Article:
Quilt: a Decentralized Anonymous Messenger on Tezos
Would you have moved from Discord or Telegram to their blockchain-based and decentralized counterpart? When Quilt launches on Tezos, you’ll be able to do just that.
Quilt is a decentralized p2p messenger on Tezos with end-to-end encryption. Here’s how it works.
The Problem That Quilt Solves
Blockchain technology has decentralized the financial system but online communication remains centralized and beyond its grasp. Traditional social networks still exploit users’ personal data and undermine their mental health.
The developers of Quilt want to decentralize communication using blockchain and IPFS so that interlocutors literally own their messages and don’t have to worry about their privacy. In addition, Quilt will be cross-chain-based: Tezos users will be able to communicate with users of Solana, Polygon, and other EVM chains.
The Quilt team chose NFT trading as its first case study. Using the chat, users will be able to contact the author or owner of an object at their Tezos address, negotiate a barter or hold an auction in the general chat.
In theory, Quilt can implement any use case in chat that requires communication:
- OTC deals – text the holder of a large number of tokens and offer them an exchange directly;
- more trust – users see each other’s addresses and can verify the authenticity of the on-chain identity of the interlocutor;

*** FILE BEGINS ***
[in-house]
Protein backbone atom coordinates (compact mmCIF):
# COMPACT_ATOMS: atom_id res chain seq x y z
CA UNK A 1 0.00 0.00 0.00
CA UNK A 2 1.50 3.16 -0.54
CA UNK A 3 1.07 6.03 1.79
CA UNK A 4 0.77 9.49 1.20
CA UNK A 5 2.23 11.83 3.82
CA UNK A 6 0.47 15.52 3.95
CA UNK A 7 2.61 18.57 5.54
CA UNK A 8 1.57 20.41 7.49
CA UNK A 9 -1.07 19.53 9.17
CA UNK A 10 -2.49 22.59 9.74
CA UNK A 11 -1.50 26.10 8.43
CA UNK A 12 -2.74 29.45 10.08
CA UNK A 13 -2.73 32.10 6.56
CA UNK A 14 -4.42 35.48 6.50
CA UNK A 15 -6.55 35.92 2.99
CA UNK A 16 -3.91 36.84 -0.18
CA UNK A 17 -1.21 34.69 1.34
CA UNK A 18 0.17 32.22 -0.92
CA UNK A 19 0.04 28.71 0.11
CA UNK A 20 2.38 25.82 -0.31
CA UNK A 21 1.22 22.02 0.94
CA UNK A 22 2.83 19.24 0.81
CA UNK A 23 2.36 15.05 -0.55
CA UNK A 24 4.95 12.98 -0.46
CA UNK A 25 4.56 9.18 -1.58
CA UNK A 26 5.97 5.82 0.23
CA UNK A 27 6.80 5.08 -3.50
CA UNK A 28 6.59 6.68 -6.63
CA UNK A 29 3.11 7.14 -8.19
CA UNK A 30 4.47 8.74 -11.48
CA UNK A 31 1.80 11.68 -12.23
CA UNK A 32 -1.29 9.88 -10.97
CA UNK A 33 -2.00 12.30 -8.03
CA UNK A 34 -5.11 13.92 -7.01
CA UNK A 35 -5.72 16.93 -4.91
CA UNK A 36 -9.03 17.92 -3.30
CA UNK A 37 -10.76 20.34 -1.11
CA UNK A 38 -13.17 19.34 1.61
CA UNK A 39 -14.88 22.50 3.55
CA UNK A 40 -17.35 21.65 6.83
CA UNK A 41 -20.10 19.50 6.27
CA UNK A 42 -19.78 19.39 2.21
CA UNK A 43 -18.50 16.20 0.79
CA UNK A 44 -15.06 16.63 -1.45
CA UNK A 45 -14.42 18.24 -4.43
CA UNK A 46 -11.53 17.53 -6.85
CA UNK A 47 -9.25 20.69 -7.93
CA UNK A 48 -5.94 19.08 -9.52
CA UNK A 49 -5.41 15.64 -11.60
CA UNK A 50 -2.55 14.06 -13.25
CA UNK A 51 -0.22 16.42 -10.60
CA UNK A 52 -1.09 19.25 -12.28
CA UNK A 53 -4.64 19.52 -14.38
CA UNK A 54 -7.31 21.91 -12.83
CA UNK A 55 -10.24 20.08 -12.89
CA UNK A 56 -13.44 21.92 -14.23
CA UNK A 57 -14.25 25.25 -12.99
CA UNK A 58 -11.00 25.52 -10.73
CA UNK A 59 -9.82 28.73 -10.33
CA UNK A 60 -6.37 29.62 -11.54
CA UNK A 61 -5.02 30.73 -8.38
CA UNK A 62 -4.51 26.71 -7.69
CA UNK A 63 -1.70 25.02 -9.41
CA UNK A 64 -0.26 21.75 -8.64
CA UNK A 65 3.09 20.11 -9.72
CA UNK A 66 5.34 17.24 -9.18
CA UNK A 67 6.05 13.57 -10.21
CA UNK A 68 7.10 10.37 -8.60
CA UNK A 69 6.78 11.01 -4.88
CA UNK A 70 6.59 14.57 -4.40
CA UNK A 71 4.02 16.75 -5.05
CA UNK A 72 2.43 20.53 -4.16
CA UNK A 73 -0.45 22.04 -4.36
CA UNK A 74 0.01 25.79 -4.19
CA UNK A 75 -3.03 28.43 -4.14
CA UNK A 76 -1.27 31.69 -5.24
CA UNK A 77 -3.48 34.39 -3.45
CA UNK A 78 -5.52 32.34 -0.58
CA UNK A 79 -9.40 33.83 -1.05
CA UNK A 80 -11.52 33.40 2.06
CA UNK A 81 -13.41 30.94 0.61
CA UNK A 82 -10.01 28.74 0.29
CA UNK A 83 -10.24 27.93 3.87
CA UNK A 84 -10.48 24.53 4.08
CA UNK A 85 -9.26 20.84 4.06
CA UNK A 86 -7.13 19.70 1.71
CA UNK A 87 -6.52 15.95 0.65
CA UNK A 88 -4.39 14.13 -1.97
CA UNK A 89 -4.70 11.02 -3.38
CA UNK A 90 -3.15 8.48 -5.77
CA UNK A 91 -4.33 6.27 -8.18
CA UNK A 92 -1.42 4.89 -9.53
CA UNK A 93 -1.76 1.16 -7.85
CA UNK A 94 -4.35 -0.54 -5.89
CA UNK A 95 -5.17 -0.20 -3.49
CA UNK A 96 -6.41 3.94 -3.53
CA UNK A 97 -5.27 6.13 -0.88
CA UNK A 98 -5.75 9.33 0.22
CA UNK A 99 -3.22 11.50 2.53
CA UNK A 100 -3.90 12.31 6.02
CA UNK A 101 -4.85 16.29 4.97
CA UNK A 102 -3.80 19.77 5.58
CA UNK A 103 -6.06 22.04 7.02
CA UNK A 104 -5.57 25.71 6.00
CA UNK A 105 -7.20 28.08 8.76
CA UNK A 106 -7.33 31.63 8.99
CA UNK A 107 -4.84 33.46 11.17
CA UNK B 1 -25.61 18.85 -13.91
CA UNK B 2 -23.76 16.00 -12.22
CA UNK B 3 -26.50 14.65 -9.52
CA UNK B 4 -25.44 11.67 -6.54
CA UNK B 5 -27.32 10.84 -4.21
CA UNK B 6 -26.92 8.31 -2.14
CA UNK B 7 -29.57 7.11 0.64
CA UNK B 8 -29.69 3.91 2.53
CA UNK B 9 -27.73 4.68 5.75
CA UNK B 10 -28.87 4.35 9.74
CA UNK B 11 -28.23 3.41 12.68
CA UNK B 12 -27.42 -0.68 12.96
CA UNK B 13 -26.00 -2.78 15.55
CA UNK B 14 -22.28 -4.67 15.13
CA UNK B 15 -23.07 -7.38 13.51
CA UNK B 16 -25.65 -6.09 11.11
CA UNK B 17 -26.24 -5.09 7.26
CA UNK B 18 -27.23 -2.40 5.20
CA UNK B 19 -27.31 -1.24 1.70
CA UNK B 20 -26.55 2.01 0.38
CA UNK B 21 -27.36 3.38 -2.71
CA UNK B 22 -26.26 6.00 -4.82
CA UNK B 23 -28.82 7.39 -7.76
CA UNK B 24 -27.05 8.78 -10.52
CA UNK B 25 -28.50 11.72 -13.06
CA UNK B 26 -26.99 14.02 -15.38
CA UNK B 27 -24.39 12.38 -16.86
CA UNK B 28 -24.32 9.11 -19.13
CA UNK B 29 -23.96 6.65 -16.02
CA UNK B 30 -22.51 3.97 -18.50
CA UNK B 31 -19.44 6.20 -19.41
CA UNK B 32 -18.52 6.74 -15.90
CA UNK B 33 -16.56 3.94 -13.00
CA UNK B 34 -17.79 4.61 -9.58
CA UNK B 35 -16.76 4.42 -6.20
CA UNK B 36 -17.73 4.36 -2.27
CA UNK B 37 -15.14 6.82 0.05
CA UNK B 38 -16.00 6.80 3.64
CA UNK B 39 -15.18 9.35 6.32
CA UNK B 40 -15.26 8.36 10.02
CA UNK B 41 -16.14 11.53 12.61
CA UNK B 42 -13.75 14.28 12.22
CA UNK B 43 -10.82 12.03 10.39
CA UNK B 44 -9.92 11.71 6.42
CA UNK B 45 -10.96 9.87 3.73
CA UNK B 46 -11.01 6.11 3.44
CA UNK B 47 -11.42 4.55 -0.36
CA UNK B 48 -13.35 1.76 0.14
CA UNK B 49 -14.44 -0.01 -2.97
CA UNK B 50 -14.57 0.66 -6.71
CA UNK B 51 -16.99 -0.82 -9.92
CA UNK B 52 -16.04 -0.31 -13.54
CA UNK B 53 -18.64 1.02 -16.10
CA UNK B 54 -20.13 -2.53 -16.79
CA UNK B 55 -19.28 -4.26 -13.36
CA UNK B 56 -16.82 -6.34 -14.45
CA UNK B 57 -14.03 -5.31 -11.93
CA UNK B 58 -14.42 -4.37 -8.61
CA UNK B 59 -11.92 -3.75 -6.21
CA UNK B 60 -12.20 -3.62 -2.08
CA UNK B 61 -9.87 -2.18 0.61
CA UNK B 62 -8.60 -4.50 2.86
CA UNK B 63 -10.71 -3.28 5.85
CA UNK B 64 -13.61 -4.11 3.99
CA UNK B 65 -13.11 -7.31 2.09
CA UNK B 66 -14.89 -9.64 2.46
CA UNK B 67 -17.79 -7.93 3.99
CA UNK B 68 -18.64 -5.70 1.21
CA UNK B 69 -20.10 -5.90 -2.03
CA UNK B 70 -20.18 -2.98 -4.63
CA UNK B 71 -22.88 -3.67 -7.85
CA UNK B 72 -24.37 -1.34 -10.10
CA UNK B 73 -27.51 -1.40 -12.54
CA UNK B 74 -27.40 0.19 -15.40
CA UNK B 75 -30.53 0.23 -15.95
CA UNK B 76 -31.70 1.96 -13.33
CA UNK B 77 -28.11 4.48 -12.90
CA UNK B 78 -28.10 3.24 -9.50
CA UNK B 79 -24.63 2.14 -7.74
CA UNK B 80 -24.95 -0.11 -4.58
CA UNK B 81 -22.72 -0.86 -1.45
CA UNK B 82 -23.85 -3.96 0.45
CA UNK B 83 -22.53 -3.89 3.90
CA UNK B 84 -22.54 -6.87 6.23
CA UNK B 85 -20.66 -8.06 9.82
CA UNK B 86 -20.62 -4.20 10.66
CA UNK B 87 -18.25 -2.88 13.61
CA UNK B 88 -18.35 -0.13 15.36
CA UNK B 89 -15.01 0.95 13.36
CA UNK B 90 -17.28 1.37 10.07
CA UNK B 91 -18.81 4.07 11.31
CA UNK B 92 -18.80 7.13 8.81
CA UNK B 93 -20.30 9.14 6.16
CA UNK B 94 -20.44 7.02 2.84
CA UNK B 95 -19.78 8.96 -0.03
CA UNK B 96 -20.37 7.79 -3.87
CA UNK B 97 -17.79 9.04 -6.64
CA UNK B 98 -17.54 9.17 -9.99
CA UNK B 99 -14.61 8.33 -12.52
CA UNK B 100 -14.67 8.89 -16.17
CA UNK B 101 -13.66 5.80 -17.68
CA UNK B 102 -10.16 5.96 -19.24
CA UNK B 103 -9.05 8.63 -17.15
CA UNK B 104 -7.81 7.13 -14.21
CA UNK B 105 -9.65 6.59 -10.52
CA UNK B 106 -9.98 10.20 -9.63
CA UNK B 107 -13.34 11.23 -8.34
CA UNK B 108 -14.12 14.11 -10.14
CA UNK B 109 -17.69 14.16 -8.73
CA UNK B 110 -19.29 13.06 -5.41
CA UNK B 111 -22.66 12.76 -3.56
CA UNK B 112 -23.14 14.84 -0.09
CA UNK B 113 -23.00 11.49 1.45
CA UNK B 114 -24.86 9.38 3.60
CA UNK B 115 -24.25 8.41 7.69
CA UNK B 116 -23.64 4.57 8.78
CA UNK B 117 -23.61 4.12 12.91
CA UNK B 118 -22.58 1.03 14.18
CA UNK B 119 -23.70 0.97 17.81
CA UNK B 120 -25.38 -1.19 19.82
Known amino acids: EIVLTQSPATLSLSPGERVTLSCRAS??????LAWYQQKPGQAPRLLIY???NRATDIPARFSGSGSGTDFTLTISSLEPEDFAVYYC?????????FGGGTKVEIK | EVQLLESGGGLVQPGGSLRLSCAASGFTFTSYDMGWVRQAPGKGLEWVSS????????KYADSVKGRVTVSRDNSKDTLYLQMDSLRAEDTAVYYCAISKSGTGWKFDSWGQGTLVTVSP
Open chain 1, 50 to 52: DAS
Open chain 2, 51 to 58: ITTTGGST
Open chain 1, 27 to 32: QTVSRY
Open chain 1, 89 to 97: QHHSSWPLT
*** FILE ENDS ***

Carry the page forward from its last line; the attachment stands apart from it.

- escrow and message boards – secure the sale of things and services with payment in cryptocurrency;
- blockchain-based board games – tic-tac-toe, checkers, chess between friends, etc.
The developers also plan to create an iFrame for Quilt so that other teams can easily build chat into their projects. A “Messages” tab in your favorite wallet or a “Trollbox” on DEX would be cool.
How to Use Quilt
Quilt now supports general cross-chain chats between users in the Tezos and Polygon testnets, as well as private messages with end-to-end encryption in Polygon. Messages are stored in the decentralized Gun database.
First, you need to install Temple Wallet, go to the Quilt page in Tezos, and click the Connect Wallet button. Then click on the public chat button in the bottom right corner.
That’s it, now you can communicate. You don’t need gas to send messages, so Quilt can be tried out even with an empty Jakartanet account.
Cross-chain works: the message about Gianni Rodari came from Polygon, and the rest came from Tezos.
You can also send any files to the chat room. Quilt uploads them to IPFS, but there is no preview yet: you have to go into IPFS and download the file from there.
How End-to-End Encryption Works in Quit
To chat in private messages with E2E encryption, you need to use the Polygon version of Quilt. It looks a little different: on the left, there is a menu with the current chat, a list of friends for private messages, account settings, and a public chat.
When logging in to Polygon, Quilt will ask you to generate encryption keys. Generation involves calling a smart contract, so you need to get test MATICs first.
Then you can add friends by their addresses in Polygon and start chatting.
Messages come in about 10-15 seconds after sending: this is the cost of encrypting and decrypting messages on each user’s side. When generating new keys, the chat history disappears as the old messages are encrypted with the old key, and the new one does not fit them. All in all, the encryption works.
What’s interesting: the blockchain browser only displays key generation operations, which means that the communication itself in Quilt is almost invisible.
Should You Move to Quilt Right Now?
Our verdict: Quilt is a good idea and a great alternative to the existing social networks. The messenger is exactly for degens, with no spam, random recommendations, or censorship. But in its current state, Quilt feels like a proof of concept or an MVP. You can use it for fun but be prepared for your chat history to disappear for no reason.
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